I stayed late at work yesterday typing up a pretty long and very thoughtful blog post for today on writing characters who are a different race than us.
And then I accidentally deleted it.
I pasted instead of copied, and I saved instead of clicking undo and the whole long thing was gone. Yeah...I'm awesome at the keyboard.
But I was prompted by these two fantastic blogs that I read yesterday and still want to share with you:
Malinda Lo on authenticity and what it means
and in that post she links to Brent Hartinger on the complications of diversity
I wasn't going to re-type my own post. Those two authors above said everything I was thinking so much better than I could, and it was so long, and it wasn't likely I could capture everything I was thinking earlier.
But I'll just get going and we'll see what happens.
Okay, so I want to tell you about four different teenagers.
One teenager is on the wrestling team and has long hair and smokes and drinks in the baseball dugout across the street and spends his weekends at punk rock shows.
His brother is super involved in church and has tons of friends and is a pro-level body boarder.
One teen girl is driven and smart and involved in every club and has strict parents who push her and give her tons of rules. She got caught by the police for breaking into the nature center after hours...to have a Bible study.
Her best friend is on dance team and has lots of boyfriends (not at the same time) and wears lots of makeup and has nice parents but she pretty much does what she wants.
All of these people are people I know. My husband as a teen (yeah, the pot-smoking punk rocker), his brother as a teen, and my two best friends in high school.
And all four of these people are Korean-American.
None of these four people had the same experience, despite their ethnicity.
If I let you assume that these people were white, would you have been able to pick out a book that each one might see themselves in? Probably.
But knowing that they are Asian, can you do the same? Probably not. Because how many books do you know where an Asian teen plays a major role? Sure, they can relate to the experiences of the characters (smoking weed, being awesome at a sport, having strict parents, being a bit of a party girl), but they can't see themselves as these characters.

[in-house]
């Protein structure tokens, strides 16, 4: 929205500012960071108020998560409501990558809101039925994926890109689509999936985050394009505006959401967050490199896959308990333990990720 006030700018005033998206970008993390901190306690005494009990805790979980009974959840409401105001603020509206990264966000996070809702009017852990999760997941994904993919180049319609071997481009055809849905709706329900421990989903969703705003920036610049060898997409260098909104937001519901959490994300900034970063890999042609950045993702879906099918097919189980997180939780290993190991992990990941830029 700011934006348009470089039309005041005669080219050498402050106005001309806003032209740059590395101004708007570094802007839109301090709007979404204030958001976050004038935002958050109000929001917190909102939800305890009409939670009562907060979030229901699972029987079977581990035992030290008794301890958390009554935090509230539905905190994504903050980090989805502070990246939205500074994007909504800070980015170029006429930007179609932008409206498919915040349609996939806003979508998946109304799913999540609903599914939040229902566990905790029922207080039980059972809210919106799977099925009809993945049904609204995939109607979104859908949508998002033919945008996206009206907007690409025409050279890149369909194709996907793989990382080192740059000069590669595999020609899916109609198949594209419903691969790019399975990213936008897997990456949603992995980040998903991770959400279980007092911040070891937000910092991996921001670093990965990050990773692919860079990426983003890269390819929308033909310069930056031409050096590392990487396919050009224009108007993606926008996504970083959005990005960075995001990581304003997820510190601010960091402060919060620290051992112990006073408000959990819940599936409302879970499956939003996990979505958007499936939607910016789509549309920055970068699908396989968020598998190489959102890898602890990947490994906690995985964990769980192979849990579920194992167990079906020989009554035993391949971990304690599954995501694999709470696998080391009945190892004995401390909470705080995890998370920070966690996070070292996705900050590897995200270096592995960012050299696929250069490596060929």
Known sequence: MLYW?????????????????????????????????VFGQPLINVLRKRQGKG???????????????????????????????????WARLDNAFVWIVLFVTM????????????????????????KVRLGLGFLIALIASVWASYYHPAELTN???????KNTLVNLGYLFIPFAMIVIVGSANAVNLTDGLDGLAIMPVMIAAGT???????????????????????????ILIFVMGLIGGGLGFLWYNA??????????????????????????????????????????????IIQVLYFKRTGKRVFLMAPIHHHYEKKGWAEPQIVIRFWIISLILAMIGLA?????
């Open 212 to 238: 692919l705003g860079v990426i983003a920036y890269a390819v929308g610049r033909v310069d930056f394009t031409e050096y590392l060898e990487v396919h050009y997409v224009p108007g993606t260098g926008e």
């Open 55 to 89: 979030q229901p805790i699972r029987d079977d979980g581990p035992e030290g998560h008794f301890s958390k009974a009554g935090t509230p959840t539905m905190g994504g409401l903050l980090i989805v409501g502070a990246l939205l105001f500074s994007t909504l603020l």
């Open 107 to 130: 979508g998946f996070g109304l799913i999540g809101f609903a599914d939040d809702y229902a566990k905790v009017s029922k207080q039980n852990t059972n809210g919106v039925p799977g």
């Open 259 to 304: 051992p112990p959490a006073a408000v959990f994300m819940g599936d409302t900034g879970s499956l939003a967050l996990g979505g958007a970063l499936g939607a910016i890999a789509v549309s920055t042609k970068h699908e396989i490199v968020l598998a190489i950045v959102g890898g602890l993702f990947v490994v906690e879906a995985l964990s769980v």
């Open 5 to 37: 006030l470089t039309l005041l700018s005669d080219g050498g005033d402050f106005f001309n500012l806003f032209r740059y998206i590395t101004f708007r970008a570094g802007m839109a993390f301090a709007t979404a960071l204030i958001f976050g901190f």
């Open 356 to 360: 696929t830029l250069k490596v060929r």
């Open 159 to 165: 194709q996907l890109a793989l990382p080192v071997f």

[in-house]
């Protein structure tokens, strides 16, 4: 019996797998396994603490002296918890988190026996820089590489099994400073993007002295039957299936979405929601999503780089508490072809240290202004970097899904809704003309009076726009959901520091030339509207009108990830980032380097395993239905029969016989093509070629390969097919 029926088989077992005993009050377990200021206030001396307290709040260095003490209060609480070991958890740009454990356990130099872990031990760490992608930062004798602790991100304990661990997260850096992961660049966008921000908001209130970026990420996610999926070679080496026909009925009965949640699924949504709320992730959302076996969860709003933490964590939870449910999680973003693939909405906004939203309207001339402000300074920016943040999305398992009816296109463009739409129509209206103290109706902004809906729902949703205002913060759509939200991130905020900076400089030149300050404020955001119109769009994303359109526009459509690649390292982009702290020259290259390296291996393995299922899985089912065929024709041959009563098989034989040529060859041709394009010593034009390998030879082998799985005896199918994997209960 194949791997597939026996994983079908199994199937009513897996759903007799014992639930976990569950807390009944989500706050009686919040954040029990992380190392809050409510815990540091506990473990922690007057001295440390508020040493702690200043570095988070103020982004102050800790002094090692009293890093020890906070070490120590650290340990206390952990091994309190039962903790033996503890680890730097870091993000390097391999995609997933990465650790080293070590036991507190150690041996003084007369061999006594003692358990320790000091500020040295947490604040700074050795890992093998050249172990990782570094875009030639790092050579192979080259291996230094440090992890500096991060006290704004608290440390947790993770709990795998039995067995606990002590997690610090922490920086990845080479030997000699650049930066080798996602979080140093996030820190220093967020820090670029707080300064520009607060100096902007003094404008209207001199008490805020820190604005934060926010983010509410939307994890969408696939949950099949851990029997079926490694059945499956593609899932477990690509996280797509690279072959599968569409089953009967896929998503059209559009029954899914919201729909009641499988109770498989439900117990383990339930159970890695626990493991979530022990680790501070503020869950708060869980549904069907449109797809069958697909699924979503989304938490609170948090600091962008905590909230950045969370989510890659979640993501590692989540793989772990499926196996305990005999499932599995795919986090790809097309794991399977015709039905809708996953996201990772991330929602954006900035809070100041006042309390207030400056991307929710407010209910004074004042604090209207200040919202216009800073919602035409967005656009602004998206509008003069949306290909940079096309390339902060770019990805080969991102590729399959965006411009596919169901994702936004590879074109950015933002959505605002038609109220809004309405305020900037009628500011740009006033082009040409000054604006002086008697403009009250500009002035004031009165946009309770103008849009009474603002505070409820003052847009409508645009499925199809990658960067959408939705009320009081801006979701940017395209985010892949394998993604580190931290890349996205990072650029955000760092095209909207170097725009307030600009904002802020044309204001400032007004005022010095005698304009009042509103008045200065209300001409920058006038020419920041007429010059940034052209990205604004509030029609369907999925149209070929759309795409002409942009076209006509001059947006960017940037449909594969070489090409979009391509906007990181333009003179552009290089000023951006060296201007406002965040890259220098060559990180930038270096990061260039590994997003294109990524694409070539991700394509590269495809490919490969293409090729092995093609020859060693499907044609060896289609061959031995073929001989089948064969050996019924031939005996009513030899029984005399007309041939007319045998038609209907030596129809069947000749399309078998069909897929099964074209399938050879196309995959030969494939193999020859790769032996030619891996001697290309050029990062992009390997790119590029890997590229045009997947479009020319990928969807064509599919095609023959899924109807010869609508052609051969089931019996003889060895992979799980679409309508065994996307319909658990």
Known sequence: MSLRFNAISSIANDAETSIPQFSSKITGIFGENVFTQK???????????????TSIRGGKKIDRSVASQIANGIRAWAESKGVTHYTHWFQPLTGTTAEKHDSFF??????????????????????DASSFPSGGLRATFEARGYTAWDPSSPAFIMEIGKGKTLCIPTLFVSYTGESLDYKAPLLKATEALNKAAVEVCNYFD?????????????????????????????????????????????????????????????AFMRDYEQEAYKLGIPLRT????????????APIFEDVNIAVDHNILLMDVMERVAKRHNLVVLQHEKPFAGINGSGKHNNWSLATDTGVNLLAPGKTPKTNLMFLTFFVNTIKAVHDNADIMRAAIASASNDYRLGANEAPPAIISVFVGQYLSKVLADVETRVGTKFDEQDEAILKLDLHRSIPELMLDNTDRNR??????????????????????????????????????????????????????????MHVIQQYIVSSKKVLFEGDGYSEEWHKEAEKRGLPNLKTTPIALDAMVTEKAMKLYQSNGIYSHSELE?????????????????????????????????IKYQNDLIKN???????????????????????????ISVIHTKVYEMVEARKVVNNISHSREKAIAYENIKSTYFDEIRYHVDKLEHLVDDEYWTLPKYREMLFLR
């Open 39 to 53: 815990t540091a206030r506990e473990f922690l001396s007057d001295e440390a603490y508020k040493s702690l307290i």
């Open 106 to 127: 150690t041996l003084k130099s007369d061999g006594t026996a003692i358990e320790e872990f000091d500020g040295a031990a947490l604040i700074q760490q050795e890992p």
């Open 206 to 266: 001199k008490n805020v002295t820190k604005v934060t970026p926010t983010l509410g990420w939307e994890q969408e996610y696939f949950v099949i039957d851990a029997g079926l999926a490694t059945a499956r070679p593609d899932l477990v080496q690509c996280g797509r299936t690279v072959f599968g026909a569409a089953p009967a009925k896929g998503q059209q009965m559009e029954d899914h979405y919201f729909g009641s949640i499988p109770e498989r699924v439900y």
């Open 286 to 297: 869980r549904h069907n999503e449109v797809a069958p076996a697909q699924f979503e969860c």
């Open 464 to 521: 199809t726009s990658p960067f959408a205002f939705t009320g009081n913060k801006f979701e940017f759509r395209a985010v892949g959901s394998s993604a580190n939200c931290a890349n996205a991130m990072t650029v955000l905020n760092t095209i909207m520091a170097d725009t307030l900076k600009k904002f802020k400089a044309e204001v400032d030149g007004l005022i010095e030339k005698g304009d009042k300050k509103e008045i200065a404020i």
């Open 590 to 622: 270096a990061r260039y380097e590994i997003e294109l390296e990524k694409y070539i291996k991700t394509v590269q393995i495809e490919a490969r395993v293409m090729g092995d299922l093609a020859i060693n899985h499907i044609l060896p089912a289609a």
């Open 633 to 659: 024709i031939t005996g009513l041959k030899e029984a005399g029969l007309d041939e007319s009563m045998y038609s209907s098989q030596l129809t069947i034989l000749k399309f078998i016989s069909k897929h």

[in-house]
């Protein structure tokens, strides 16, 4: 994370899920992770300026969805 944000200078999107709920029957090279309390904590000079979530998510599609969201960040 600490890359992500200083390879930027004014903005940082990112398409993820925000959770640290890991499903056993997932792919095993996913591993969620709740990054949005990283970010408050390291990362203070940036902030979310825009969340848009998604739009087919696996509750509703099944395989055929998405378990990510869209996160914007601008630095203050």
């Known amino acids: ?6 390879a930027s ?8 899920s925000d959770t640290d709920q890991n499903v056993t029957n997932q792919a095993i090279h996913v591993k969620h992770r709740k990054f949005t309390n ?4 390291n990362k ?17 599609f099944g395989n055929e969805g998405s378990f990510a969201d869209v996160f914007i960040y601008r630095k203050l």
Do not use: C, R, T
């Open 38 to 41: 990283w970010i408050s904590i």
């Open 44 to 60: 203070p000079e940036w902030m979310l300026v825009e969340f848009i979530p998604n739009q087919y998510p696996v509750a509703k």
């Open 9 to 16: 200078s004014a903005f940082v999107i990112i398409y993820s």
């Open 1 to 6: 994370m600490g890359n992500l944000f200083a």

I have the book Haters by Alisa Valdes-Rodriguez in my classroom library. One of my girls read it and loved it. Not because of the plot or because it was the best book she has ever read, but because the villain, the mean girl, was Vietnamese like her. She didn't care that the Vietnamese girl was the "bad guy," she just cared that she finally saw someone Vietnamese outside of the stories / poems she had read in class about the Vietnam war. This girl might not have been the villain in high school, but her life was much more Haters than "Thoughts of Hanoi," and it thrilled her to see a Vietnamese girl having a real high school experience in a story that didn't center around her race.
And I look around my classroom every year and I see the Asian cheerleader, the black kid in band, the Muslim kid in baggy pants, a hoodie, and skater shoes, just like I see the white cheerleader, the white kid in band, and the white kid in baggy pants, a hoodie, and skater shoes.
They all have different backgrounds and their skin color is different, but they are all going through the teen experience, and if you are writing YA, that's something you know how to write about.
I talk to my students about it and, yes, they are aware of their race and culture and how it is the same and different from the other kids in their classes. But they are also aware of how their jeans are different or how their test grades are different or how the guy they like is looking at them differently. I teach in a pretty diverse area, so the kids are used to it. Their best friends are everyone, their groups are made up of everyone, and that's just how it is. It's nothing unusual that your name is Tran and your best friend's name is Roshni and your other best friend's name is Sara. And YOU are the main character and Sara is the side character. These kids...their race and their ethnicity don't become an after-school special all the time.